c) continuous reference to ?authority? in the form of academic sources, rather than statements of your own values and opinions, so that your paper displays how the course has affected your thinking (this can be achieved in part by the careful and selective use of short quotations);

d) your attempt to focus upon strengths and weaknesses rather than only describing the perspective;

e) a well-constructed and logically organized analysis of the material that you include, expressed in good written English with, at most, only a few spelling mistakes;

f) a fully-referenced bibliography produced according to any conventional referencing system.

If you are able to do all of this, and do it well, you will be awarded the very best grade.
Strengths/weaknesses of the perspectives

Macro perspectives
The strength of both macro perspectives is that they give a total, structural view of society as a whole.

This is likely to be a view which only a special ?sociological? reflection on society can disclose ? it would be ?invisible? to those members of society who do not exercise their ?sociological imaginations?. For instance, Durkheim?s macro perspective (functionalism) on suicide has the strength of allowing us to see that suicide statistics of any society are a measure of its level of social integration and stability. Marx?s macro perspective on capitalist society has the strength of allowing us to see that it works by producing class conflict, but we may wish to ask whether this is the only (or even the most important) feature of capitalist society. If we thought that there were other important features, we would probably reach the conclusion that a weakness of the Marxist perspective is that it leaves these other features out.

The strength of the functionalist macro perspective is that, in focusing upon the total structure of society, it emphasizes the continuity and orderliness of society and its institutions and, therefore, of our daily social experience. It is predisposed to look for regularity and routine as the different parts of society fulfill their functions. For this reason, it has difficulty accounting for rapid and transformative change: it can accommodate gradual, adaptive change which evolves over time in terms of the idea of the social system having a dynamic equilibrium, but this accounts only for strain in the system.

The strength of the conflict theory macro perspective is that it accepts that the potential for real change is built into the social system, so that change can erupt at any time. Since it accepts that the (capitalist) system is based upon conflict ? particularly class conflict ? change is endemic within it. All that is required is for subordinated groups to develop a level of consciousness which allows them to discover their self-interest, and then to pursue it. For this reason, it has difficulty in accounting for genuine, widespread consensus and integration. From the conflict perspective, stability may exist at the level of society, but it is temporary and depends upon the use of power ? both material and ideological – by a dominant group. For this reason, it interprets something like patriotism as an ideology fostered by the ruling class to manipulate and exploit subordinated groups, and the society as a whole.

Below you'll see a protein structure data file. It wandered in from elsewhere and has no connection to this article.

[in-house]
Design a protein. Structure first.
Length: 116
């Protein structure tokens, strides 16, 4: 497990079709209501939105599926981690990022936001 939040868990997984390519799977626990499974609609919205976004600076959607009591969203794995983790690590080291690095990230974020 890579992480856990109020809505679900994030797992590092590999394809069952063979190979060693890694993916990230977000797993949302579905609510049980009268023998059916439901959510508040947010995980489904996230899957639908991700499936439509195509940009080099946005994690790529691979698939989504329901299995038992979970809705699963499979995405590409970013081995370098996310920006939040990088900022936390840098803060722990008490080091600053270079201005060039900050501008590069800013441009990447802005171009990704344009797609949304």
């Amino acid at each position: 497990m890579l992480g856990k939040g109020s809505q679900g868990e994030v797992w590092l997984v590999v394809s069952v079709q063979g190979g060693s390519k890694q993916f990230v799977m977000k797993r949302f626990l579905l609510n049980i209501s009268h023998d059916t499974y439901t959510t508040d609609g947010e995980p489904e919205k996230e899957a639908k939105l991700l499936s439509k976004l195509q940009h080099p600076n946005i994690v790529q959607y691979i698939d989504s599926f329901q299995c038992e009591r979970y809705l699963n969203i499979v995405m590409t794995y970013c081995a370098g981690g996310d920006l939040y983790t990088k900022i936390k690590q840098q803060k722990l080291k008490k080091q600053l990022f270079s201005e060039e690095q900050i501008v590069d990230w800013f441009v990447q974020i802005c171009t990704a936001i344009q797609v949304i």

From a micro perspective the central weakness of both macro perspectives is that neither of them are capable of referring to the subjective meanings of ordinary members of society. From this perspective, both of the macro interpretations ignore the meanings that ordinary members of society give to their actions; that is, the macro interpretations are reified accounts of social action. (reification: removing social experience from its ordinary, everyday settings by making it an ?abstraction? and then treating that abstraction as a real thing).

Micro perspective

Consequently, the strength of symbolic interactionism, and related micro perspectives, is that there is a serious attempt to engage with the subjective meanings that social actors give to their actions. By doing this, social actors are seen as active agents in their own lives, rather than simply ?cogs in a machine?. Think of the particular methods (Course text, Ch.2) which are associated with this perspective: participant observation and open-ended interview questions are attempts to reveal these subjective meanings and the nature of human agency.

In turn, this means that the micro researcher can witness the fine-grained detail of social interaction in a way that macro researchers are unable to do. Some forms of the micro perspective (for instance, ethnography) accept that a neutral account of social interaction can be given simply by the ethnographer reproducing a ?record? of what was observed and that the neutrality of the record makes it scientific.

On the other hand, critics of this perspective argue that the researcher?s presence always intervenes in the account and that, therefore, the micro perspective tends to ignore or conceal its own meaning-making strategies. Micro researchers are aware of these criticisms and make efforts to take their own presence into account.

From a macro perspective, the central weakness of the micro approach is that ? in concentrating on subjective meanings and human agency ? the micro perspective ignores social structures and the significance of time. The criticism is that the micro perspective is ahistorical and astructural (ahistorical: without concern for history or historical development; indifferent to tradition; astructural: without concern for structures or structural relationships). Sometimes this criticism takes the form of accusing the micro perspective of simple naivety.